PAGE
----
Charterhouse School 2017

Cosima Graef

Autonomous model car

Ever since I saw videos of robots at Boston Dynamics, I became fascinated by robots and their vast capabilities. I grew more and more curious about the components and workings of robots, and wanted to understand how it was that they could make something move. Recently, I become interested in self-driving cars (especially the control systems they use), which is why I wanted to build an autonomous model car to explore the concept further. Having never built any sort of robot before, I wanted to test my craftsmanship to its limits and decided to take on the challenge.

It was only once starting out, that I realised how much more difficult it was to learn about the different tools, parts and recognition systems that are used in robotics. In researching how the different parts worked physically (wheels, steering etc.), I slowly came to understand what tools and equipment I would need. I decided to build the robot car using an Arduino micro controller as its control system. In combination with an ultrasonic sensor, I had to electrically link a servo motor, motor driver and the dc motors with a soldering iron. Before starting the project, I decided to make a cardboard prototype that would allow me to experiment with the different electrical components, so that any mistakes would still be easily remedied. Surprisingly, it was the construction and assembly of the final components and chassis that were the simplest as I found that having any issues present themselves physically, such as a broken wire, were much easier to fix as I could see the problem straight away. However, this was only a small part of the project, still having to learn how to program the Arduino to control the ultrasonic sensor, servo motor and wheels. The car used two DC motors to drive forwards the wheels, with the ultrasonic sensor sending information to the micro controller on the closeness of obstacles around the car. With this knowledge, the car could then stop, turn, and find an obstacle-free pathway to move in.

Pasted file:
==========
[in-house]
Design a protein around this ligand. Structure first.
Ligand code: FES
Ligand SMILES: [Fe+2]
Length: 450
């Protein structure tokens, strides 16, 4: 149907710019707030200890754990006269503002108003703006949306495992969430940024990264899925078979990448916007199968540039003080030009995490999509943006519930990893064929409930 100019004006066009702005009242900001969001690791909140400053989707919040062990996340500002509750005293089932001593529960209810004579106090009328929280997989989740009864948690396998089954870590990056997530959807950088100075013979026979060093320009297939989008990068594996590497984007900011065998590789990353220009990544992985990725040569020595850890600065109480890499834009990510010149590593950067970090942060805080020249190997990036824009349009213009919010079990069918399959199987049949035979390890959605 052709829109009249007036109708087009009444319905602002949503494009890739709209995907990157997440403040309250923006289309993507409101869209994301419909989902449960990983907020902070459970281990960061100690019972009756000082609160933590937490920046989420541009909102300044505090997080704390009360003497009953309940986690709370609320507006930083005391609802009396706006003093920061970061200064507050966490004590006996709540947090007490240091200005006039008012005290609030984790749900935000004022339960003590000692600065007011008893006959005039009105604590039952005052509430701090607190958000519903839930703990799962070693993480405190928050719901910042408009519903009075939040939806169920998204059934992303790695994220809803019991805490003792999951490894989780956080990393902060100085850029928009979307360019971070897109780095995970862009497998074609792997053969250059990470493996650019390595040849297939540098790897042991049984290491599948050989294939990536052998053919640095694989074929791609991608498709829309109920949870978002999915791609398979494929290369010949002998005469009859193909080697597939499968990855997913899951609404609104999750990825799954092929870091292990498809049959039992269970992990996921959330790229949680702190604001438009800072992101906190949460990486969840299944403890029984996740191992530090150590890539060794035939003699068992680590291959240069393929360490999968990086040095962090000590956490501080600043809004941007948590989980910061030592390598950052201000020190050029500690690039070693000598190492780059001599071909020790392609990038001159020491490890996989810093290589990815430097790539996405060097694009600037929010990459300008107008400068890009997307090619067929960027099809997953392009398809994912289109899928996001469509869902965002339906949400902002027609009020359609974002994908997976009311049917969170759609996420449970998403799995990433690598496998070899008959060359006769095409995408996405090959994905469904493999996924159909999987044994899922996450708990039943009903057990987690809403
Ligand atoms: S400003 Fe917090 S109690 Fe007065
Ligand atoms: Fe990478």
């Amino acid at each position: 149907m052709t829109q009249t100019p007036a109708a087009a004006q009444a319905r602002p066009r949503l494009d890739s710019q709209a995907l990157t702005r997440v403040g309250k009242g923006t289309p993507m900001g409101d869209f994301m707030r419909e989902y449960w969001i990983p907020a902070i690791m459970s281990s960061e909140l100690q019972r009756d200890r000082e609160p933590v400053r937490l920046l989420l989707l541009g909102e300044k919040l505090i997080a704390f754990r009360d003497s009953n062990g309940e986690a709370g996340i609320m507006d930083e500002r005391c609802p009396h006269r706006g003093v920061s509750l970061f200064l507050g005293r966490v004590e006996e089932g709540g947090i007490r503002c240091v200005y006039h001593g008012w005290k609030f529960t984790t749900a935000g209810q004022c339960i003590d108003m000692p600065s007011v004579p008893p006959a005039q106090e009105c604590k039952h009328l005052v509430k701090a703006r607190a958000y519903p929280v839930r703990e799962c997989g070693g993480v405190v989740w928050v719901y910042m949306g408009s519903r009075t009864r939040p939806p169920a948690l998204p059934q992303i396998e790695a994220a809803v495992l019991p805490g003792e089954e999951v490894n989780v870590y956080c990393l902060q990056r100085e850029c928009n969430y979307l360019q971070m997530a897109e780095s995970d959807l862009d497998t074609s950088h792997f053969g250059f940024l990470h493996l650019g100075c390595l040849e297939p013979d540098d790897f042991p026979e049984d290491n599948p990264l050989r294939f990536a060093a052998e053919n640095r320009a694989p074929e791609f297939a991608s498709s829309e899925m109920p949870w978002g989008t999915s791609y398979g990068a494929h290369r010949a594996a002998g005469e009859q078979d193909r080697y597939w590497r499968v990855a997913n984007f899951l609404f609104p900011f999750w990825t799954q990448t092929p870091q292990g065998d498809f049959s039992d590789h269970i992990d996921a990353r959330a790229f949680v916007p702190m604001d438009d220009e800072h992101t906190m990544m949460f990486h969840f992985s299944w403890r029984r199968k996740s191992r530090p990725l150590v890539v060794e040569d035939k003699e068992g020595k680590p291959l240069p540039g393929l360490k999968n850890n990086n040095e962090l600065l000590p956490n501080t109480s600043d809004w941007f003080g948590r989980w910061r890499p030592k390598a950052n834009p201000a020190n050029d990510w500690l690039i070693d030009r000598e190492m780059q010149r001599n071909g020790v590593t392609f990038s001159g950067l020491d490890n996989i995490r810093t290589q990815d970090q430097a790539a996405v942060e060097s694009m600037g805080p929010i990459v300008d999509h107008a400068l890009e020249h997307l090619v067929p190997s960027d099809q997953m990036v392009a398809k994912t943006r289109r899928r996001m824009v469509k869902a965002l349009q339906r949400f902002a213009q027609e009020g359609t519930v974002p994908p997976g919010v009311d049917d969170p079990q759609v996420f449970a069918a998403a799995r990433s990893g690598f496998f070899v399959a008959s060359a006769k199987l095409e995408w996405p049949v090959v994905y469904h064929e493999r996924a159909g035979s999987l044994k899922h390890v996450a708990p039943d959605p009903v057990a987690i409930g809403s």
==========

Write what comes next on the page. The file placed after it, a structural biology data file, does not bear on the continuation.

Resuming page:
Figuring out not only what it was that an Arduino could do, but also how to use it, was by far the greatest challenge I had to overcome. I had never used Arduino before and didn’t know anything about what programming inputs it used or the syntax of its programs. After extensive research, I decided to write a step-by-step plan of what I wanted the robot to do, which I would then transfer into the appropriate programming terms. At this stage, the physical robot had already been built so I deemed this to be the final step of the process. When what I had programmed didn’t work, I had to individually test the components of the robot to make sure they weren’t broken. Everything seemed in working order by my program still didn’t work! After much research and frustration, trying a wide array of methods to discover the issue at hand, it turned out that I had only connected some of the wires in the wrong order!

Though many such obstacles were faced during this project, I believe it has turned out to be incredibly rewarding and a great learning experience. I developed practical skills using soldering irons, learnt about a field completely new to me, and most importantly, developed a will to persevere when faced with seemingly impossible challenges. I am tremendously grateful for this opportunity and would like to thank the Mark Evison Foundation for allowing me to broaden my knowledge and fulfil my desire to build an autonomous robot car.